Genetic risk factors for children to develop s-shaped curves in their spines severe enough to require surgery have been pinpointed by research from Washington University School of Medicine.
Children having uncommon mutations in two genes are roughly four times more predisposed to develop severe scoliosis than children with normal versions of the genes, the study says.
“We’ve had a difficult time finding ways to predict who will develop severe scoliosis, and these newly identified mutations have the potential to be very helpful,” senior author Christina A. Gurnett, MD, PhD, said.
Potential for Scoliosis Prevention
These mutated genes, fibrillin-1 and fibrillin-2, control a major growth pathway. Drugs currently in clinical trials block that pathway. If this same pathway is implicated in scoliosis, it may be possible to use these drugs to prevent scoliosis in some children with these mutations.
Some mild curvature of the spine is present it from one to 3 percent of the general population. But in around one in 10,000 children, scoliosis will produce curvature so pronounced that it requires corrective surgery.
“These children often don’t have any curvature of the spine early in adolescence, but then they go through a growth spurt, and that’s when the curve appears,” said Gurnett. “Others have tried to predict severe disease using gender, age of onset and type of spine curve but haven’t been very successful.”
Out of 91 patients with acute scoliosis, the scientists sequenced the portions of the DNA that encode proteins.
The most consistently mutated gene in the group was fibrillin-1, which makes a protein important to the tissues that connect many components of the body. A related gene, fibrillin-2, also often was mutated.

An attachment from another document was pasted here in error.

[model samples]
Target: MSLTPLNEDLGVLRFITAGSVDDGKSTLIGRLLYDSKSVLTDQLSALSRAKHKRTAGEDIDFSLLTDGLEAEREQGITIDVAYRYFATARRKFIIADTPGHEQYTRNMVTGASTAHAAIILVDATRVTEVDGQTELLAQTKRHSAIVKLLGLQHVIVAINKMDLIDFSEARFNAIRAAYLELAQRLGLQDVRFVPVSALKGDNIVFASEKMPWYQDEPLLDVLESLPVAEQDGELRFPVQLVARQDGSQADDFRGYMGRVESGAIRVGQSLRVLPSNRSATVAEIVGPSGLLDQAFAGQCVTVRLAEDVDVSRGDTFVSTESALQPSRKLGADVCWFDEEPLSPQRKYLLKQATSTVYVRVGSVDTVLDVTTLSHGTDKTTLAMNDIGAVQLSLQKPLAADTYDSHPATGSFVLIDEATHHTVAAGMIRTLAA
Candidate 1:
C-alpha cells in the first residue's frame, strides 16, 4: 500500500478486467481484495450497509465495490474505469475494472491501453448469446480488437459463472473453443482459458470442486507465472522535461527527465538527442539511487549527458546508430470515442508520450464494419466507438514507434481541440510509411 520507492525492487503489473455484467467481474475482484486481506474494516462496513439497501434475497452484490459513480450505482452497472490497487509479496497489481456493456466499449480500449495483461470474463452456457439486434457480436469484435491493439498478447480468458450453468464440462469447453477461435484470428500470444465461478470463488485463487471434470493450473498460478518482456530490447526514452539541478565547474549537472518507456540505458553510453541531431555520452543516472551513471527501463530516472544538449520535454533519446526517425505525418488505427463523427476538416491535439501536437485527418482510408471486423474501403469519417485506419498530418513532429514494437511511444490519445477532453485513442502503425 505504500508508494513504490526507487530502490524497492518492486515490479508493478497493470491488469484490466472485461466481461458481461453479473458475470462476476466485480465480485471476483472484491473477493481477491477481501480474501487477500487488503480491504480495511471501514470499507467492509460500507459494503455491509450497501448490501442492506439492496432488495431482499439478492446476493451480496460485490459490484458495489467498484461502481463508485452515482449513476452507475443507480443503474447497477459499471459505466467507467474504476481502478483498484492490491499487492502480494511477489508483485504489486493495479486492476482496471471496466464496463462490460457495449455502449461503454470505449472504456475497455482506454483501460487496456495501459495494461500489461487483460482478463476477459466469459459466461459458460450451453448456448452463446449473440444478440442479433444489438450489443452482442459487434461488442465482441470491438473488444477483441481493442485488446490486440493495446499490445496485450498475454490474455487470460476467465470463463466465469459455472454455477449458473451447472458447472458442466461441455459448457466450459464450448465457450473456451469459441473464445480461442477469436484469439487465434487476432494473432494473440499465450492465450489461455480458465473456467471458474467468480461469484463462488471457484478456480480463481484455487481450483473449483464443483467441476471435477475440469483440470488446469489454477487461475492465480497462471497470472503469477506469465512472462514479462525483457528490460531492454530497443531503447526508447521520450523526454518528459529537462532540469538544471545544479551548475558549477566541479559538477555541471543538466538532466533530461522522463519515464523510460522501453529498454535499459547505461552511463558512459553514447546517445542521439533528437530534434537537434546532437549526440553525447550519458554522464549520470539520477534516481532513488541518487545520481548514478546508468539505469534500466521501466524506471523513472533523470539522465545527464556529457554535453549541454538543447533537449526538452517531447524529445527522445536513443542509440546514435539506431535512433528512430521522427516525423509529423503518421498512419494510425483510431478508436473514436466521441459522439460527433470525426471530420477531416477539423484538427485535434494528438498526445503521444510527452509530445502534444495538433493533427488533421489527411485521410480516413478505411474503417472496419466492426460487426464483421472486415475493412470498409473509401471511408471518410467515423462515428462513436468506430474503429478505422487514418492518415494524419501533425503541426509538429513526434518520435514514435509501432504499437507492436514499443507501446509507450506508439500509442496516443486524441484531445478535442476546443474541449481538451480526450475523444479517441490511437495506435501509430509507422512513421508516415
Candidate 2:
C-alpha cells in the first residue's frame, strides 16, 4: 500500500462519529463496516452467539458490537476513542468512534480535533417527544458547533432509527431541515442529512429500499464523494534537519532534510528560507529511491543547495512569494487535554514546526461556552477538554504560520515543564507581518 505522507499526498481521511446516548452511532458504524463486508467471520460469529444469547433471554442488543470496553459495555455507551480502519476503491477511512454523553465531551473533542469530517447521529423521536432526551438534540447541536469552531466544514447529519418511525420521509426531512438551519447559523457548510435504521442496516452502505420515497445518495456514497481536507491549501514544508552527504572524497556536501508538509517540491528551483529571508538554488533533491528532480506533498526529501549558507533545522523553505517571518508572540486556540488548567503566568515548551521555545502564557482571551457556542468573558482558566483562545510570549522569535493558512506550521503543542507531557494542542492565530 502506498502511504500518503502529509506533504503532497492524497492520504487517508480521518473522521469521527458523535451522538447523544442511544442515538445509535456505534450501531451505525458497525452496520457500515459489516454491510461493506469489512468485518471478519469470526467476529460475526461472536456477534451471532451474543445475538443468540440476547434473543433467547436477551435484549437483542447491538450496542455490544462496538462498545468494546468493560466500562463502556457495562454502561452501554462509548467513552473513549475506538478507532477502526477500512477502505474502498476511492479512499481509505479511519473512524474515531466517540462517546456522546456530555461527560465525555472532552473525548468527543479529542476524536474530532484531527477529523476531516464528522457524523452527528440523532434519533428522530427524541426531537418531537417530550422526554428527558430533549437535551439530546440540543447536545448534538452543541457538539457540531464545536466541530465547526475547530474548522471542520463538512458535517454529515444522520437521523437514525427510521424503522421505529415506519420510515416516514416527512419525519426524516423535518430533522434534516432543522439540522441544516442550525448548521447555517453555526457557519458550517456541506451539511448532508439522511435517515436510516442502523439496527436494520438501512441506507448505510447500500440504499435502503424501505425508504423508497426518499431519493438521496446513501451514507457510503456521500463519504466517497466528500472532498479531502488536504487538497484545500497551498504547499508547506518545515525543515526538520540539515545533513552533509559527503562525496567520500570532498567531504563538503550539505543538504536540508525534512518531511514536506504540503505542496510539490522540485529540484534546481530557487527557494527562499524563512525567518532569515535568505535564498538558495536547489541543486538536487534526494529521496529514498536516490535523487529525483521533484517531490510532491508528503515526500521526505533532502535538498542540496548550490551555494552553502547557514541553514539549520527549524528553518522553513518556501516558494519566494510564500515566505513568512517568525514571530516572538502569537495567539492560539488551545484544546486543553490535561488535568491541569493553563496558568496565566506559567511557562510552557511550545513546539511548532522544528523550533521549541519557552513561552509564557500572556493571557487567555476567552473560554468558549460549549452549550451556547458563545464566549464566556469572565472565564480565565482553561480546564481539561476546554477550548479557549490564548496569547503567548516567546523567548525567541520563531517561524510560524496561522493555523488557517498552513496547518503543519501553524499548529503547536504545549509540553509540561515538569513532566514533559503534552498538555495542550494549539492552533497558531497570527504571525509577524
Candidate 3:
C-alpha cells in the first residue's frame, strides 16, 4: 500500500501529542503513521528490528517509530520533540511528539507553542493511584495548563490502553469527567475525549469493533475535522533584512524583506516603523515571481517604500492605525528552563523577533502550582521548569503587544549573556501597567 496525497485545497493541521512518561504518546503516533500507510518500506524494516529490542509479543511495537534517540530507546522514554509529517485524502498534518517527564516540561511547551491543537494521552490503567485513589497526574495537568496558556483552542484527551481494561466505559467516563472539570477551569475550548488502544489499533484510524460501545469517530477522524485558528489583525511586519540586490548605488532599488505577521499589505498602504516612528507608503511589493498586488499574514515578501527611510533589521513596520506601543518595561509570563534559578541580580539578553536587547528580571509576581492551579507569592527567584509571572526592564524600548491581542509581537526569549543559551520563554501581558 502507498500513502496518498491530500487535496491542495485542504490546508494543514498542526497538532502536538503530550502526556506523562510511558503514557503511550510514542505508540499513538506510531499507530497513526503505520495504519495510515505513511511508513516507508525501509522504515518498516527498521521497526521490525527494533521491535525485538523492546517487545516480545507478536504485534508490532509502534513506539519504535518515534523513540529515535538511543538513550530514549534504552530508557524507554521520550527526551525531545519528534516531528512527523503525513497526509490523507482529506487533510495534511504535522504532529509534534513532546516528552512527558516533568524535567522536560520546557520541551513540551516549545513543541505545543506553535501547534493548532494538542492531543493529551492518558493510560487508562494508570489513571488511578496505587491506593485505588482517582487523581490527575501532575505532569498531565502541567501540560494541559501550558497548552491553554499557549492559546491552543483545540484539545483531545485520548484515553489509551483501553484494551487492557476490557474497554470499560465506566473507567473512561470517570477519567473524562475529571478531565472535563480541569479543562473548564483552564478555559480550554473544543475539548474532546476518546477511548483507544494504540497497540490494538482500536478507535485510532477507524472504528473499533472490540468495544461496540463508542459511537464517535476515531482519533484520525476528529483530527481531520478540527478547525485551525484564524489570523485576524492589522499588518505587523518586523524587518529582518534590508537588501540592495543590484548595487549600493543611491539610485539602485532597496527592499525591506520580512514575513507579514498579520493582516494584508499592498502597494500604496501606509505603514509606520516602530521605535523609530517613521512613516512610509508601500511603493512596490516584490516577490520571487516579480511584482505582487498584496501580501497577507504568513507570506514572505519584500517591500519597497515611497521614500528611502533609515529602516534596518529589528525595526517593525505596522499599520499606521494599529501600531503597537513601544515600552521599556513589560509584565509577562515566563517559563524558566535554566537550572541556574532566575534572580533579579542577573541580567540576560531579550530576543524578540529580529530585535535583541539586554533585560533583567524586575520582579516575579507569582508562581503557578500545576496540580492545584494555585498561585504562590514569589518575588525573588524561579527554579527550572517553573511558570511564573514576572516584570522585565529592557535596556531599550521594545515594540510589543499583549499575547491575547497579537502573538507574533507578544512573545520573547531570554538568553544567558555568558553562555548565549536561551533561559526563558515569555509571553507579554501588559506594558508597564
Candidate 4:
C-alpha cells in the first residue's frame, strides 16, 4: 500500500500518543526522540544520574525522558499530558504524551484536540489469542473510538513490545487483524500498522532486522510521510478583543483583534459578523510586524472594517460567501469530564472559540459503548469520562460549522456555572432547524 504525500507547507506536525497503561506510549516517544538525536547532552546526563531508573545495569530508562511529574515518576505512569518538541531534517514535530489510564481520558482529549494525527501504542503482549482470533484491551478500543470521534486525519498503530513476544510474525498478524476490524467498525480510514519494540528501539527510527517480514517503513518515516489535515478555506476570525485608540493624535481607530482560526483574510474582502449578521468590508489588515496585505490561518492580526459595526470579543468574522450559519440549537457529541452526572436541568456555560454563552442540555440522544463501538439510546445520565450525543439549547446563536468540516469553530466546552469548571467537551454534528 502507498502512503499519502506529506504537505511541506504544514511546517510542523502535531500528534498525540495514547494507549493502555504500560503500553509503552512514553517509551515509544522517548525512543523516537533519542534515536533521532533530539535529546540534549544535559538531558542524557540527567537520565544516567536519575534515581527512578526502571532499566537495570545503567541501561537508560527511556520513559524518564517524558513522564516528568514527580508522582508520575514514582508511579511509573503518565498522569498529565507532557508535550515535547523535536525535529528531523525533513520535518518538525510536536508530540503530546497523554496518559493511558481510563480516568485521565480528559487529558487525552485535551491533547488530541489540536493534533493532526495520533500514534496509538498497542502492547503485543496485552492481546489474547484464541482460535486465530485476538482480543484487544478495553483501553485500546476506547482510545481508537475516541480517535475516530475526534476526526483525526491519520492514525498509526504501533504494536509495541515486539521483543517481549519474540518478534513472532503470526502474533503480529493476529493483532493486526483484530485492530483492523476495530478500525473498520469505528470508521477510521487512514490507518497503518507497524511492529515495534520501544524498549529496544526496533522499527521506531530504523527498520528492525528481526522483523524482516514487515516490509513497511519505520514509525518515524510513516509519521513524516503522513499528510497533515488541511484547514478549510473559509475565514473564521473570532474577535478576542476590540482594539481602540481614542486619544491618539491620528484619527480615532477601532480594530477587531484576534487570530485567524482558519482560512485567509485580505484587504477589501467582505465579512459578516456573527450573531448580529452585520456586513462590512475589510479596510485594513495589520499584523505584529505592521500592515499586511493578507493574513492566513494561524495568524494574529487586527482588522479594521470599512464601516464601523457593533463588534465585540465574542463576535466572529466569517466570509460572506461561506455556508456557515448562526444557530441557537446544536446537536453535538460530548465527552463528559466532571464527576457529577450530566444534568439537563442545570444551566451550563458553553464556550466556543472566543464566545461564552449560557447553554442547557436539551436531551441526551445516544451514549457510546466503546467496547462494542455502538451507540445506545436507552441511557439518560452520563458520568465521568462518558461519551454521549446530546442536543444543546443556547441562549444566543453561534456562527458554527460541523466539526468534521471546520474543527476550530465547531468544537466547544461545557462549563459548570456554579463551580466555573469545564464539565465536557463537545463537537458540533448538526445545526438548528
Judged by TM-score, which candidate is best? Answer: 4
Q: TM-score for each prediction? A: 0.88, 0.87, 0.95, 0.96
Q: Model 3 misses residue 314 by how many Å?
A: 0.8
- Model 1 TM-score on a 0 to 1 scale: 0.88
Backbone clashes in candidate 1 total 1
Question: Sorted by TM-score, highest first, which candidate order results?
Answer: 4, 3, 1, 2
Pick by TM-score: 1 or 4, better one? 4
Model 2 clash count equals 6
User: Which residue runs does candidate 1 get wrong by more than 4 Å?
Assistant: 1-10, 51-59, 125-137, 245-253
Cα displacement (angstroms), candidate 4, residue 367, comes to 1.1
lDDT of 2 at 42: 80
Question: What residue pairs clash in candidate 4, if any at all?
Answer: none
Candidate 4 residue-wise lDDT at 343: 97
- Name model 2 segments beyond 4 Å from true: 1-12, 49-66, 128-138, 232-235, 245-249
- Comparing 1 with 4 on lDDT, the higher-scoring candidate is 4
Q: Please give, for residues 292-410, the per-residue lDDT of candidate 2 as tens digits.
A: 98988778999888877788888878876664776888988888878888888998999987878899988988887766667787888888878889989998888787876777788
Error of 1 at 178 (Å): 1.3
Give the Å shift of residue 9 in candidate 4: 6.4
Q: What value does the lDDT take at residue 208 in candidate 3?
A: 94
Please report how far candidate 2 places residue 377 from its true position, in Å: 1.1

Further genetic sequencing in 852 patients with scoliosis and 669 subjects with normal spines showed that patients with specific mutations in both fibrillin-1 and fibrillin-2 had four times the risk of severe scoliosis than people without the genetic errors.
To date, more than 600 mutations in fibrillin-1 have been identified. Among the most serious are the mutations that produce Marfan syndrome, a condition that can cause the long bones of the body to overgrow and can weaken the body’s connective tissue.
“Some variants of this important gene are associated with unusual tallness,” Gurnett said. “There appears to be a spectrum of effects caused by changes in the gene, from simple alterations in height to severe scoliosis to more life-threatening conditions such as Marfan syndrome.”
Clinical trials are currently underway in Marfan syndrome patients to see whether drugs that block TGF-beta, a growth pathway controlled by fibrillin-1, can help treat the disorder.
Gurnett and her colleagues are watching to see if the drugs affect growth of the spine. If they do, researchers may investigate using them to prevent scoliosis.
“We want to create a genetic testing panel that we can use to more accurately predict who will need treatment,” Gurnett said. “If we can develop effective treatments and apply them early enough, we might one day be able to prevent the need for surgeries.”